When your spouse isn’t interested in doing the “work” of marriage, it’s easy to feel powerless. But all isn’t lost, said Jeannie Ingram, a couples therapist based in Nashville, Tennessee.
“The relationship doesn’t have to end,” she told HuffPost. “The truth is, all relationships need tuning up from time to time.”
Below, Ingram and other experts share the most common signs a spouse has checked out of a marriage — and what you can do to take matters into your own hands.
1. They spend a lot of time around you but not with you.
“If you and your spouse spend a lot of time in the same room but they never do things with you, they’ve likely disengaged from the relationship,” he told us. “Nobody wants to spend the two hours after work browsing social media.”
Try planning new, exciting things to do together so hopefully “your partner will want to shut down the computer and turn off their phone to be with you,” Anderson said.
2. They never include you in their weekend or after-work plans.
Spending time apart (pursing your hobbies or seeing friends) is essential in a healthy marriage. It keeps the mystery alive. But spend too much time apart and you’re well on your way to living separate lives, said Becky Whetstone, a marriage and family therapist who works in Little Rock, Arkansas.
“If your S.O feels disillusioned with the marriage, they might cope by distracting themselves with things they enjoy that that don’t involve you,” she said.
To figure out why they’re disengaging, broach the conversation in a calm manner, at a time that works for the two of you, Whetstone said.
“Therapists call this ‘coming toward your partner,'” she said. “Watch the tone of your voice and your body language and find the right time — not in the middle of something hectic. Ask, ‘Hey, what’s up? I’ve noticed you pulling away lately.'”
Most importantly, don’t lash out if their answer upsets you. “Make it safe for them to reply or they’re not likely to open up again after that,” Whetstone said.
3. They never ask, “How was your day?”
If your conversations are limited to household logistics (“Will you get dinner and pick up the kids? Could you call the plumber about the kitchen sink?”) and your S.O. seems disinterested in how you’re doing, your marriage may be in trouble, Anderson said.
“When someone checks out of a relationship, they stop caring about their partner as much,” he said. “They don’t ask you how work is going, how your family is doing or even if you got that promotion you wanted.”
To show that your marriage is still very much a priority — and that you, at least, care about them — make it a point to vocalize that.
“Just because they’ve checked out doesn’t mean you have to,” Anderson said, “And after they see how much you care, they might just start caring more, too.”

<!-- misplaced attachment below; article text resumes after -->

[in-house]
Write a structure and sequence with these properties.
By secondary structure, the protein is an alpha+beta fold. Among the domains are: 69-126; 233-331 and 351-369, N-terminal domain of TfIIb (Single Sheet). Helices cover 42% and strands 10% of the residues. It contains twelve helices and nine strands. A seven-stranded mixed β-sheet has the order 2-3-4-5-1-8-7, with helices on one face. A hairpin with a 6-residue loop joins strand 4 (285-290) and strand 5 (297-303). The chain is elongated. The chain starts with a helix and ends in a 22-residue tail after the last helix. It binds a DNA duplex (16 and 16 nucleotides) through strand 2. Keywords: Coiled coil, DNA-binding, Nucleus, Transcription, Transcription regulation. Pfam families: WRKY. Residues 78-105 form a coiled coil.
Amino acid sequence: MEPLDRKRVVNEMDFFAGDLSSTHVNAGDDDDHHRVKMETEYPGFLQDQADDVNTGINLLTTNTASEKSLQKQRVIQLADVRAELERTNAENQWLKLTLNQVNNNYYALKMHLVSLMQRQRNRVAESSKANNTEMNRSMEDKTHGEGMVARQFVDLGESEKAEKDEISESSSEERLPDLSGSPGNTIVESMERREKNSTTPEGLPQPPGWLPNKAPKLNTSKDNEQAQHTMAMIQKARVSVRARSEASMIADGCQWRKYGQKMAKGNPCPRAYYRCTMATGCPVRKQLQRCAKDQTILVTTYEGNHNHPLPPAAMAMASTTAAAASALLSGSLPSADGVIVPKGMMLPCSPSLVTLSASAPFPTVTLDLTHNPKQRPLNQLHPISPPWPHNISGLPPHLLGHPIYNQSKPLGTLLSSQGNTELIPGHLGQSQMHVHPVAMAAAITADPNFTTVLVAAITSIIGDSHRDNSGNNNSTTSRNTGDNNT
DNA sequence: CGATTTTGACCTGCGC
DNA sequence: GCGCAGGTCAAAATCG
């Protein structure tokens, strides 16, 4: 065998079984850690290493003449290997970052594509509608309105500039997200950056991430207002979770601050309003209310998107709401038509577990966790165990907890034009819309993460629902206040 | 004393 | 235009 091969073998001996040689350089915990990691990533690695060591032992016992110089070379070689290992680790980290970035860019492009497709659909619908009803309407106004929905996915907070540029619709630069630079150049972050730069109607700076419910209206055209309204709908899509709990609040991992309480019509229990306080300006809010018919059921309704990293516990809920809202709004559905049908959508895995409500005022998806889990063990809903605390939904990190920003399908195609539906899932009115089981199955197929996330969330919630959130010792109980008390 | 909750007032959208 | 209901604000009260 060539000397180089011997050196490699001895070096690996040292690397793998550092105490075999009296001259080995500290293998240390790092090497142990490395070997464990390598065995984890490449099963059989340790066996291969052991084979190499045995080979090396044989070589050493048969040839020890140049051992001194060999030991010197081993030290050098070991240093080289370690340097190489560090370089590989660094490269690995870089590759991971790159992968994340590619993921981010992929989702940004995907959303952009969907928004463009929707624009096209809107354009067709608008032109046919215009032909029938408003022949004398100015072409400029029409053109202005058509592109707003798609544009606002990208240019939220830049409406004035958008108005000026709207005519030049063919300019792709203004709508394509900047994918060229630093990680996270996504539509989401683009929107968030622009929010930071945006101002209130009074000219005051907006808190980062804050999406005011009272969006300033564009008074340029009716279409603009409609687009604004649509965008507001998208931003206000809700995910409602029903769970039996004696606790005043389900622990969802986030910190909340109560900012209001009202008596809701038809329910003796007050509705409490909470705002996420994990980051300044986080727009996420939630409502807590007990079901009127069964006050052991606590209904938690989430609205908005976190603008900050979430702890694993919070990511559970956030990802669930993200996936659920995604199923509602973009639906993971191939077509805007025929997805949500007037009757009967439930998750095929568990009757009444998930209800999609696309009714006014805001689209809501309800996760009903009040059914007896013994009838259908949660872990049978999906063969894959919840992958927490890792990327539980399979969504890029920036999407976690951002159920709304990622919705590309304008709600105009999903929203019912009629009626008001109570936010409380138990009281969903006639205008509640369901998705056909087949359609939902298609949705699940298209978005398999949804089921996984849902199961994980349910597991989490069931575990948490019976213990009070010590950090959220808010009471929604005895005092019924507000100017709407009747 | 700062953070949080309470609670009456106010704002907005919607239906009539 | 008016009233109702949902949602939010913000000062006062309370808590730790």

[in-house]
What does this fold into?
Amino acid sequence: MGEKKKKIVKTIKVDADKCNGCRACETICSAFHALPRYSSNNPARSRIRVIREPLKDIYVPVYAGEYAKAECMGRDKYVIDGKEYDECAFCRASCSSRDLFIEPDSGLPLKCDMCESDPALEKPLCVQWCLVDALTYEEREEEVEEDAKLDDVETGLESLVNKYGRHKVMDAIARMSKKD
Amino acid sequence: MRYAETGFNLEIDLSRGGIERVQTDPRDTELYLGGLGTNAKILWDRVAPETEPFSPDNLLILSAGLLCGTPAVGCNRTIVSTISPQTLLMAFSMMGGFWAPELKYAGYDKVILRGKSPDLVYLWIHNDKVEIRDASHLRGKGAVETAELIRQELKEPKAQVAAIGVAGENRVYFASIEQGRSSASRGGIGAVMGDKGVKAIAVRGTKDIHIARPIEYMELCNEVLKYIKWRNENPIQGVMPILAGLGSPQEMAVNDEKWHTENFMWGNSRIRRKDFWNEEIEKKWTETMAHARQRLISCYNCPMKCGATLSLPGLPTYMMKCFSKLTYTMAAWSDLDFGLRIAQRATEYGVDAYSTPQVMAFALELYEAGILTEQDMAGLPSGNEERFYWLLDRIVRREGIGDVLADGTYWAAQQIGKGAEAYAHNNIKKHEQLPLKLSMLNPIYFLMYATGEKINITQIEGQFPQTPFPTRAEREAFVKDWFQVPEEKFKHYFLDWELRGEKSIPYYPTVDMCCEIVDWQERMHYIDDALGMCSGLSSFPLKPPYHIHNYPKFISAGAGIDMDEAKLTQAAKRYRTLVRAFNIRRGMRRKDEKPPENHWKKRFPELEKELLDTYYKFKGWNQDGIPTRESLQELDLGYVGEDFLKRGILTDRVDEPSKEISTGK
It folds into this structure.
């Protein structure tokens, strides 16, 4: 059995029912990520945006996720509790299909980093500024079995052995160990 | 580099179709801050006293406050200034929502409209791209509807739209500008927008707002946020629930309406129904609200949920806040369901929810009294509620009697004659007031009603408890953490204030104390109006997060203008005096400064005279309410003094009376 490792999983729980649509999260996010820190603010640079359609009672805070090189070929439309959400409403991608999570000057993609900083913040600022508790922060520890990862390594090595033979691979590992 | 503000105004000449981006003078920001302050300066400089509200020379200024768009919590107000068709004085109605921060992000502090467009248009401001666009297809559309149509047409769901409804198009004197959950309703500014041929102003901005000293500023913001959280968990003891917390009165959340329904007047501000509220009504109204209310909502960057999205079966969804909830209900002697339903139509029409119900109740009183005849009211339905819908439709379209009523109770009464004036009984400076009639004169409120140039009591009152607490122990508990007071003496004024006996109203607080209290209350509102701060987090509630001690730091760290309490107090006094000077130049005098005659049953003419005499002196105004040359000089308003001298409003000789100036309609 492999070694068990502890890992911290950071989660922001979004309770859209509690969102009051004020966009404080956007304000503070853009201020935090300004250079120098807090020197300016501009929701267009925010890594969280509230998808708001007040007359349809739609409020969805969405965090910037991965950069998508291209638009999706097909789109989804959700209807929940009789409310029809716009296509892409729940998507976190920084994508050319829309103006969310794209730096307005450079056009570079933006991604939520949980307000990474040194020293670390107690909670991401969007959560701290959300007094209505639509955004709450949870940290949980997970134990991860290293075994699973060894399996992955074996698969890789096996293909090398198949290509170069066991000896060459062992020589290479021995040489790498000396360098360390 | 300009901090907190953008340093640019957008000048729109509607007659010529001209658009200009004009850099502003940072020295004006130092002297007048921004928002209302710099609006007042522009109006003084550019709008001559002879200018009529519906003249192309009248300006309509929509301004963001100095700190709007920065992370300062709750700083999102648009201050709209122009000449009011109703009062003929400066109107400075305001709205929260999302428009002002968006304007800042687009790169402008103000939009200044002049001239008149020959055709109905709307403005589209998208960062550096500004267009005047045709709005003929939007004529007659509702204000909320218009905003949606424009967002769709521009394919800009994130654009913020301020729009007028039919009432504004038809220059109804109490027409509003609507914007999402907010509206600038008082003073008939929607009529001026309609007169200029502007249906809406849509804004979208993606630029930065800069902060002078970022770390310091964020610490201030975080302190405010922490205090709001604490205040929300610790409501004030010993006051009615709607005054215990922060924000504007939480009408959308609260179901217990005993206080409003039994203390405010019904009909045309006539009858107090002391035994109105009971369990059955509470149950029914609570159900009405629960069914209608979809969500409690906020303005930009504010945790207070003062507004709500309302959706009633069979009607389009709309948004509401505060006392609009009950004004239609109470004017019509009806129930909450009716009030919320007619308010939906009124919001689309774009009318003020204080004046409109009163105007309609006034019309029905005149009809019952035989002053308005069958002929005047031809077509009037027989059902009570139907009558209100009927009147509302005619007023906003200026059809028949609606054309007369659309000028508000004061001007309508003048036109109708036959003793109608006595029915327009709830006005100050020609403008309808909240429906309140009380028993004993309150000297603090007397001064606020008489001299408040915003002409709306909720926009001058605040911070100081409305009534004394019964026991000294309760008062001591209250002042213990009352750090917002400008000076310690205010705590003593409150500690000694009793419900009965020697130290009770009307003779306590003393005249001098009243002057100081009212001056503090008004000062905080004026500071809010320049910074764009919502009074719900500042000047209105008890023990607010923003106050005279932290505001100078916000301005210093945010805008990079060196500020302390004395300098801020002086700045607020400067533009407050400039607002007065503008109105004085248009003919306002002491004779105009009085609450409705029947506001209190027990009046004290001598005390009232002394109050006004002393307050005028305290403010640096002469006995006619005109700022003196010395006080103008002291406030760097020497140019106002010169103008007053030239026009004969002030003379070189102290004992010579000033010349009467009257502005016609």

4. They aren’t interested in sex.
The thrill is gone — and your S.O. seems entirely OK with that. Why might that be the case? Oftentimes, partners avoid physical intimacy after they’ve been hurt emotionally, said Ingram.
“In the beginning, couples in love are so intoxicated with each other that they share everything — they allow themselves to be fully vulnerable,” said Ingram.
But that same vulnerability also opens you up to hurt from your partner.
“If you’re emotionally hurt, intimacy doesn’t feel safe — it’s just too vulnerable,” Ingram said. “Couples need to become conscious of this and be willing to talk about why they avoid closeness, perhaps in the office of a qualified marriage therapist.”
5. They’re hyper-critical of your friends and family.
Your partner may not be as forgiving of your parents as you are, but they shouldn’t take the liberty to rag on them any chance they get, Whetstone said.
“It shows disinterest but it’s also unacceptable behavior,” she said. “Set a boundary and say something like, ‘Please, why so much venom? It hurts me when you throw so much negativity on to me and my friends and family. What’s going on? Obviously you’re unhappy about something. Please, let’s talk about it.'”
6. They go to bed at different times.
“I’ll be in bed in a little bit” is not as innocent a phrase as you might think, Ingram said.
“Commonly, couples fall prey to what I call ‘functional exits,” she said. “These are behaviors that are part of everyday life, but serve the dual purpose of avoiding intimacy. For example, work, hobbies, or when you regularly say or hear, ‘You go on to bed; I’ll be along later.'”
The good news? Mismatched bedtimes and similar problems are easily fixed if you and your partner are willing to make the effort.
“Exits like these are not necessarily a sign the relationship needs to end, but rather, an indication that it’s time for some work,” she reassured.
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